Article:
Andre Robert Lee is a talented filmmaker who also happens to be my high school classmate. So I sat down to watch his documentary, The Prep School Negro, with respect and pride, but also a bit of fear. This is our prep school at the center of the film: Germantown Friends School, a K–12 Quaker school in Philadelphia. Andre came in ninth grade as a scholarship student. I remember him as funny and outgoing and academically and socially successful. But what if he looked back on it all as misery? What would it be like to revisit those years through Andre’s eyes?

The answer is: moving and instructive. Prep schools play a tantalizing role in our education system, even if they don’t always realize their promise. The schools are a gateway to college, rewarding and well-paid jobs, and to power. Though they’re often thought of as places where the already wealthy and powerful groom the next generation, today most prep schools are committed to diversity, and that includes some number of low-income kids. Bringing in scholarship students is supposed to offer those kids a ticket to social mobility, and offer their more privileged peers the opportunity to learn alongside people different from themselves. Diversity benefits everyone, is the hope. 

And yet all kinds of fumbling and fallout come with being “a guest in a strange house,” as one of the first Black graduates of Germantown Friends, Joan Countryman, puts it. (Countryman is herself a distinguished educator.) Andre’s movie is about the prickly feeling that comes with being that guest. You should see the film because its subject—what it’s like to be a minority or poor in an elite institution—is one we don’t talk about nearly enough. (The movie has aired on PBS, and you can stream it here, or tune in for an online screening on Thursday at 7 p.m. that will include a Q-and-A with Andre and Countryman.)*

Andre crossed a divide each day on his trolley ride to school. On one side lay his poor Black neighborhood in West Oak Lane, where he lived with his mother and sister. On the other lay GFS, a place filled mostly with students who took their privilege for granted. I don’t mean that GFS was a snobby or fancy place—Quakers are neither, and the families drawn to their educational ethos tend to be pretty open-minded, in my experience. Also, the school sits in a down-at-the-heels part of Philadelphia, not ritzy suburbia. There are no lush grounds or rolling hills.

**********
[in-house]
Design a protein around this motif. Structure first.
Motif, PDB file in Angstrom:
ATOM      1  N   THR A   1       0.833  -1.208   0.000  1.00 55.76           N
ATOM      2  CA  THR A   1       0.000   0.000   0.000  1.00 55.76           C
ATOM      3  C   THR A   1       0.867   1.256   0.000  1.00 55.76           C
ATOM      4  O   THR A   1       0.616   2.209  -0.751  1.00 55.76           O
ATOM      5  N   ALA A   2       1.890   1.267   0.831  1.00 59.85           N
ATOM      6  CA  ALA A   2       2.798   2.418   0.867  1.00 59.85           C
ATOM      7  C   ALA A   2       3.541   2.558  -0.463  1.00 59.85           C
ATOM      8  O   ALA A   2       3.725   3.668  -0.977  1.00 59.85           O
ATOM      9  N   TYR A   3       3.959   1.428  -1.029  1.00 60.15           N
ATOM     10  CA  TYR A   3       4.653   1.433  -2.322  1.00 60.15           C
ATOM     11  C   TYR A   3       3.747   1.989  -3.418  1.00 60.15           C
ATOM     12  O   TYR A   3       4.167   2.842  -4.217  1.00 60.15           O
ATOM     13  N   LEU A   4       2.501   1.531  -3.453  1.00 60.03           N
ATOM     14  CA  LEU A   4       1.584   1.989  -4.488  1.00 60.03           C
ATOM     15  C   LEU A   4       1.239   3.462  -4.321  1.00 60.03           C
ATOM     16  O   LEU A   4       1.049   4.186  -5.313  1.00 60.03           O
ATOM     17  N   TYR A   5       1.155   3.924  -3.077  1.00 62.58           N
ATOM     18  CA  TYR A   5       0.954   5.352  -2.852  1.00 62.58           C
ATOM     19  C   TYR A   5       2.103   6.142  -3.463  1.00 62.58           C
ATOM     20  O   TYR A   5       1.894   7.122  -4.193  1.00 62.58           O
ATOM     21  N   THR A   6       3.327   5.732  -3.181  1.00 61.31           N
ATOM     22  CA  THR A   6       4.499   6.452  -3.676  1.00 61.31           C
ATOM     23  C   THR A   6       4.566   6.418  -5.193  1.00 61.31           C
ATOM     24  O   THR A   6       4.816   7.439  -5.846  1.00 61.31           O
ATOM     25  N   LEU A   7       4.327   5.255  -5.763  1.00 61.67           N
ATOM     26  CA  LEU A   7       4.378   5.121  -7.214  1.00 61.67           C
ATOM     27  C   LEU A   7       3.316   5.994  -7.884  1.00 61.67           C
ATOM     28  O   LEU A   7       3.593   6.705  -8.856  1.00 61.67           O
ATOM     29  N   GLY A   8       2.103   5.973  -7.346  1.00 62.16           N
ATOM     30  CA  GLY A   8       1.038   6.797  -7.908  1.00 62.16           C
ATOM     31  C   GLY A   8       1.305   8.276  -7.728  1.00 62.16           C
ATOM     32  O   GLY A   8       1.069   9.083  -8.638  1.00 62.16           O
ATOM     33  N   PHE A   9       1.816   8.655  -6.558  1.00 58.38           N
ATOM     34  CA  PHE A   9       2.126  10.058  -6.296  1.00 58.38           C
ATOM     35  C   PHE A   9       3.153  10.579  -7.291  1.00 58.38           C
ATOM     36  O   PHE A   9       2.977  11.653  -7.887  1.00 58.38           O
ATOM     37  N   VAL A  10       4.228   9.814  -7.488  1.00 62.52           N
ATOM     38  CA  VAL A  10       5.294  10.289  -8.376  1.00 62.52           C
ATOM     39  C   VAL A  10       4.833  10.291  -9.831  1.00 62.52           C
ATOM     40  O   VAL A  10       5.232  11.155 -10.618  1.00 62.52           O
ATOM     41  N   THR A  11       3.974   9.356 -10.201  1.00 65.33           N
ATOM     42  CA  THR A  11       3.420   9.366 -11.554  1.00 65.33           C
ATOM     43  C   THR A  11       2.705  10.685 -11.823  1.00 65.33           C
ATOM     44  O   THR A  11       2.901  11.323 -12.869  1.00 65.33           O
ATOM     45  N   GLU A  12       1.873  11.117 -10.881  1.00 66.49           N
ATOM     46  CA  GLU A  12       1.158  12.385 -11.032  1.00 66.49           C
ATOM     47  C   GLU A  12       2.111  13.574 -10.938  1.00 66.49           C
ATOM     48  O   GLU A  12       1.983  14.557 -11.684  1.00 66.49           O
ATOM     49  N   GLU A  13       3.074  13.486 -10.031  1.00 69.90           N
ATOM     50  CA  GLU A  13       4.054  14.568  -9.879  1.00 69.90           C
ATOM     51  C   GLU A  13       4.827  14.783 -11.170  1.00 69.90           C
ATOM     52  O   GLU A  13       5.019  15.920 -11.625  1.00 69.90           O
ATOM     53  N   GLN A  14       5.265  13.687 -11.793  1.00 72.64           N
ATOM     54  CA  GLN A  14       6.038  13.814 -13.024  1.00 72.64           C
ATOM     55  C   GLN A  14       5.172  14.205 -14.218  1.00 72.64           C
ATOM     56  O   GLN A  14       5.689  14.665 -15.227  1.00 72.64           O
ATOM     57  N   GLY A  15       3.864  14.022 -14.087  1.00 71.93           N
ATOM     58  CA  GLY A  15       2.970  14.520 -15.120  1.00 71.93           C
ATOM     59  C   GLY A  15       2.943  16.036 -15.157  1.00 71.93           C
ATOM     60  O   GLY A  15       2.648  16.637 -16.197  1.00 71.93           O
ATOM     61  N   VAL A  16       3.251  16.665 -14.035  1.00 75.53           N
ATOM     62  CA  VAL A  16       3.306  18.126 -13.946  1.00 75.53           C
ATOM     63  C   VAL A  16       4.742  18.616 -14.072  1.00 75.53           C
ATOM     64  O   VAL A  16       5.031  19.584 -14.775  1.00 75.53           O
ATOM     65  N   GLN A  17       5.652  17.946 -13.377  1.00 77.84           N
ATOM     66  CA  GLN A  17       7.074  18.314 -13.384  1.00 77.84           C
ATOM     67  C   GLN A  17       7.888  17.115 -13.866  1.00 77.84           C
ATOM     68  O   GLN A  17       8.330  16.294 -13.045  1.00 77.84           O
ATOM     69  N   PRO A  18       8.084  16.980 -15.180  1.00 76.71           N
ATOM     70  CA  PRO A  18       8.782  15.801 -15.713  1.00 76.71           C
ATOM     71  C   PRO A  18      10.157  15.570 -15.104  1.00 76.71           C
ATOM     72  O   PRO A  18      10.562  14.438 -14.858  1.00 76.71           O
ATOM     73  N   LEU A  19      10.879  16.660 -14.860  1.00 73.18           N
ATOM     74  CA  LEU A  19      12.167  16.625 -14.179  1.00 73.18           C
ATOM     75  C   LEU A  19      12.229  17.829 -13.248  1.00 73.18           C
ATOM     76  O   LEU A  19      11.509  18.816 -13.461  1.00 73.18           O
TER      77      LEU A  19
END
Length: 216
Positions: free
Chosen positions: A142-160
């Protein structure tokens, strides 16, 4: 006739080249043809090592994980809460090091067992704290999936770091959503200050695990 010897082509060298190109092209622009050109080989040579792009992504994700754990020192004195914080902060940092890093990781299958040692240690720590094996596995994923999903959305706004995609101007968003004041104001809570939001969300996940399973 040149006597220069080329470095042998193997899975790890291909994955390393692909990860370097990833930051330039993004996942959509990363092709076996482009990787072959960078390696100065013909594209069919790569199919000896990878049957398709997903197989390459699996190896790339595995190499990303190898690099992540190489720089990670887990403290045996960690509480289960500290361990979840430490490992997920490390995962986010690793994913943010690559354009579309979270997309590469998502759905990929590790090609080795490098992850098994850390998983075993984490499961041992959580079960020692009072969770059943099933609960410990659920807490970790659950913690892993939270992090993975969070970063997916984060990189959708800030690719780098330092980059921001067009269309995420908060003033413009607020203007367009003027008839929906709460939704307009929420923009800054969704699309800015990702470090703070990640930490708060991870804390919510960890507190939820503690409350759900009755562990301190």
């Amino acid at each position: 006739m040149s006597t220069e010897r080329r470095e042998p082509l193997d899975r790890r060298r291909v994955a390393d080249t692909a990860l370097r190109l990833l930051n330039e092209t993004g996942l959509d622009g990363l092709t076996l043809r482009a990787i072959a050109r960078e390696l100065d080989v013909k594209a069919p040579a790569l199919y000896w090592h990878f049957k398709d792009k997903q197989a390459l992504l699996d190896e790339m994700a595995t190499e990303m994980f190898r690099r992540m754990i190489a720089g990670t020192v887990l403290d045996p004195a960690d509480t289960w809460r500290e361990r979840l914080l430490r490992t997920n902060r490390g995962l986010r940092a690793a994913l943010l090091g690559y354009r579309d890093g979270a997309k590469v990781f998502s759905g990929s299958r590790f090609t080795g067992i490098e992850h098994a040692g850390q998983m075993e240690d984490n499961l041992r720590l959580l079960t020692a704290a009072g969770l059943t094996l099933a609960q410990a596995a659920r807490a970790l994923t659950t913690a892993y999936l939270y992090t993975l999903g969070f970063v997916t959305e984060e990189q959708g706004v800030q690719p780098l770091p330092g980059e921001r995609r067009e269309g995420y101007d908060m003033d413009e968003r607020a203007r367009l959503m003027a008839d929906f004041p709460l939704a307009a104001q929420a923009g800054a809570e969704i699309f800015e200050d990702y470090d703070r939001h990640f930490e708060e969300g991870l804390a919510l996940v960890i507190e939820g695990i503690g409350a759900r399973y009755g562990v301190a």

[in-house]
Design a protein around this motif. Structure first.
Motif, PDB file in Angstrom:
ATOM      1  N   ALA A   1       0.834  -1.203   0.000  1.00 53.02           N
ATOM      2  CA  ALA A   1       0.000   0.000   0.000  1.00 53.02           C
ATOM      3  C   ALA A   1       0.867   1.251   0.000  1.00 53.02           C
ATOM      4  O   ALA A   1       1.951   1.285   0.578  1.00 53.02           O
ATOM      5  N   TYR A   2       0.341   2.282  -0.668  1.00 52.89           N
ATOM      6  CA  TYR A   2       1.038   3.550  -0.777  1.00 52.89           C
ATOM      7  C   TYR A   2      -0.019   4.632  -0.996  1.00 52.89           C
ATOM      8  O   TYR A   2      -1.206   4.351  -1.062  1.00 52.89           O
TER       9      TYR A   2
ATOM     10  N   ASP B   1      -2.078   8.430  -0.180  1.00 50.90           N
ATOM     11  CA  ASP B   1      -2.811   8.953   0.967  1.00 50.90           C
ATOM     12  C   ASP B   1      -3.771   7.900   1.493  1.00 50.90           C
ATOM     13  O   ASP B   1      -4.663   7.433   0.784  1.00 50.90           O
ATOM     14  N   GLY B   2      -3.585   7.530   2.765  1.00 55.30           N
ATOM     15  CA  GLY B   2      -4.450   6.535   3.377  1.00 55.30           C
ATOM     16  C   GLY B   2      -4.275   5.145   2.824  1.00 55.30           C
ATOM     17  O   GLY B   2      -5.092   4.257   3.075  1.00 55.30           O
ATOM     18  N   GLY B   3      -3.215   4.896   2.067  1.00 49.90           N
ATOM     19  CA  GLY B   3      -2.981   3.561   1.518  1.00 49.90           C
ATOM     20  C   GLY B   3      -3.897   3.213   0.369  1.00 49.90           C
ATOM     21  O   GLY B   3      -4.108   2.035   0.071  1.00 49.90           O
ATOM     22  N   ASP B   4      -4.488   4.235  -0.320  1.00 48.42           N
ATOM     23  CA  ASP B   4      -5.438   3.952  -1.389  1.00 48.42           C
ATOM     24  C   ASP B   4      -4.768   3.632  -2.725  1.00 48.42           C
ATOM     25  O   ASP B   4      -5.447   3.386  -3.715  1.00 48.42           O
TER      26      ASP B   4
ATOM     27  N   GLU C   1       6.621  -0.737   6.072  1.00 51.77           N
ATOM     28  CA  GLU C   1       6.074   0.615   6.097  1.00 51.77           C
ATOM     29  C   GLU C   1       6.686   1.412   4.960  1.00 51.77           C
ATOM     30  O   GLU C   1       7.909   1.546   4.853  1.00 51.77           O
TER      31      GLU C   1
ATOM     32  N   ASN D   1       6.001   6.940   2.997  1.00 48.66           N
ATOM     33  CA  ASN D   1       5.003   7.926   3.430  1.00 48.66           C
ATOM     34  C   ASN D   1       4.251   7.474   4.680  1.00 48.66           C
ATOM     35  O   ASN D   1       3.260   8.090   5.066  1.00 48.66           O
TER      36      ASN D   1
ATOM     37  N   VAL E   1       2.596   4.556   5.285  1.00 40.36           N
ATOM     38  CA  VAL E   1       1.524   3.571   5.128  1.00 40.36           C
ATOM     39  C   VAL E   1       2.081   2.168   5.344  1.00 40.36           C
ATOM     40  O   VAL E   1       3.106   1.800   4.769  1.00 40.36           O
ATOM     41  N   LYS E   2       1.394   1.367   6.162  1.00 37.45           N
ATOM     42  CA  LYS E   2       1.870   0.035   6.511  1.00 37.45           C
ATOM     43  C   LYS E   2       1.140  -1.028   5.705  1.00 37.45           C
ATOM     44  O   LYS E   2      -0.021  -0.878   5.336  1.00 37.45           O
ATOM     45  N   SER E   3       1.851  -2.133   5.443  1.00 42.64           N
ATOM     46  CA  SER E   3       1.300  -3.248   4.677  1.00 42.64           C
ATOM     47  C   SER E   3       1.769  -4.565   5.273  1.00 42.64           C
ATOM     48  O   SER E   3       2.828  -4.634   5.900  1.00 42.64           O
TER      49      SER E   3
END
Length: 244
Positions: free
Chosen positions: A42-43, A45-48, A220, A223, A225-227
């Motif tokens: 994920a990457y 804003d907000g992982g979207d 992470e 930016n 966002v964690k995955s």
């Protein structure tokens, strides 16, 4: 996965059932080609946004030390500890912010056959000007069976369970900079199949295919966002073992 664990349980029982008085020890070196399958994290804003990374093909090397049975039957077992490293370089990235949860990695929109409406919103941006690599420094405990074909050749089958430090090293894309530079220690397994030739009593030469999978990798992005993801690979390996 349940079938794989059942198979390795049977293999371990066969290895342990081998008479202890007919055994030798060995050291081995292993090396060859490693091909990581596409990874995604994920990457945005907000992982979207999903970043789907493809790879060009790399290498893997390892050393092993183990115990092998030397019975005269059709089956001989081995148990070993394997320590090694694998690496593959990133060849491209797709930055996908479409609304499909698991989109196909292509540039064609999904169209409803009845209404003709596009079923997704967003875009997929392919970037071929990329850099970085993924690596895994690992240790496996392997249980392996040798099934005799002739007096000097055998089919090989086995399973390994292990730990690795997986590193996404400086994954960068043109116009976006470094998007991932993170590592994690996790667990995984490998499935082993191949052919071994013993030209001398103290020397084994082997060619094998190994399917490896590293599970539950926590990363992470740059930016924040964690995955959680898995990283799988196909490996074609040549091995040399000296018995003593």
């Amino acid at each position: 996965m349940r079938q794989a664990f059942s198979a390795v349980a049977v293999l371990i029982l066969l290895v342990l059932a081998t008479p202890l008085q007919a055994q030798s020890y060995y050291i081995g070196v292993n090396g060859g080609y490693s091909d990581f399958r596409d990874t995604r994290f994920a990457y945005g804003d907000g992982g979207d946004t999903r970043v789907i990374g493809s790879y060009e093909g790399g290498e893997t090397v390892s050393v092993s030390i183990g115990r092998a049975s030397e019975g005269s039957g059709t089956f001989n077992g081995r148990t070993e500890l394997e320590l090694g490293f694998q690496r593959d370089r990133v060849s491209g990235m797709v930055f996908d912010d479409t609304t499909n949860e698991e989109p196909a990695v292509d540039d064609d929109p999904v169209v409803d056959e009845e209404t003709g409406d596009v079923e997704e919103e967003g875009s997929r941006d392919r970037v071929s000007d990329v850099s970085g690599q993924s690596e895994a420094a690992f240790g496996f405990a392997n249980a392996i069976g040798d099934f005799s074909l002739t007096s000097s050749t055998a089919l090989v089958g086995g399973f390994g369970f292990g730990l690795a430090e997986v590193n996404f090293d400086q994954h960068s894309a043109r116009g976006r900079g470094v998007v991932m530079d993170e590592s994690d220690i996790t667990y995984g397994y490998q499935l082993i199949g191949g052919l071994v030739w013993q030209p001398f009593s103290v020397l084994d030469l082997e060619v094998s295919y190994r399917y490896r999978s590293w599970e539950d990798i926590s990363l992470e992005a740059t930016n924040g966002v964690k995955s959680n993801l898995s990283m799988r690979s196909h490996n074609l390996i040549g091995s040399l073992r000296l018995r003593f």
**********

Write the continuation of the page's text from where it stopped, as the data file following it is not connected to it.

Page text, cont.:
But one of our classmates owned the factory where Andre’s mother did piecework. I didn’t know that growing up, but Andre did, and so did his mom, and it intimidated both of them. When Andre talked about her job, he hoped other kids would hear “peace worker.” His older sister, who did not go to GFS, says in the film that she felt like the school took Andre away from her. Andre too sees the distance he tried to put between himself and his family, and how it was laced with shame. “I remember we turned 16, it was time for cars, and [one of our classmates] turned the corner in the biggest Mercedes I saw in my life, and we didn’t have a family car,” he told me over the phone. “My mistake was to think, ‘their families are right, and mine is wrong, and I have to turn my back on my family and be like these folks.’ ”

A Black teacher tried to talk Andre out of that feeling. “But at 16, you’re not going to listen,” he says. In a graduating class of 65, there were six “community scholars,” as they’re called. GFS started the program in 1965. Andre says it was the first of its kind in the country, and a model for others like A Better Chance and Prep for Prep. In our day, GFS identified candidates by talking to public school counselors and through a basketball and reading clinic. Today, the school also looks for kids at summer and afterschool programs like Breakthrough. Some kids get full scholarships and some get partial ones, based on financial need. (All told, 35 percent of GFS students now receive tuition assistance.) The community scholars program extends to the elementary school, and is funded by an endowment of about $6.6 million that GFS has raised.

Read it at Slate.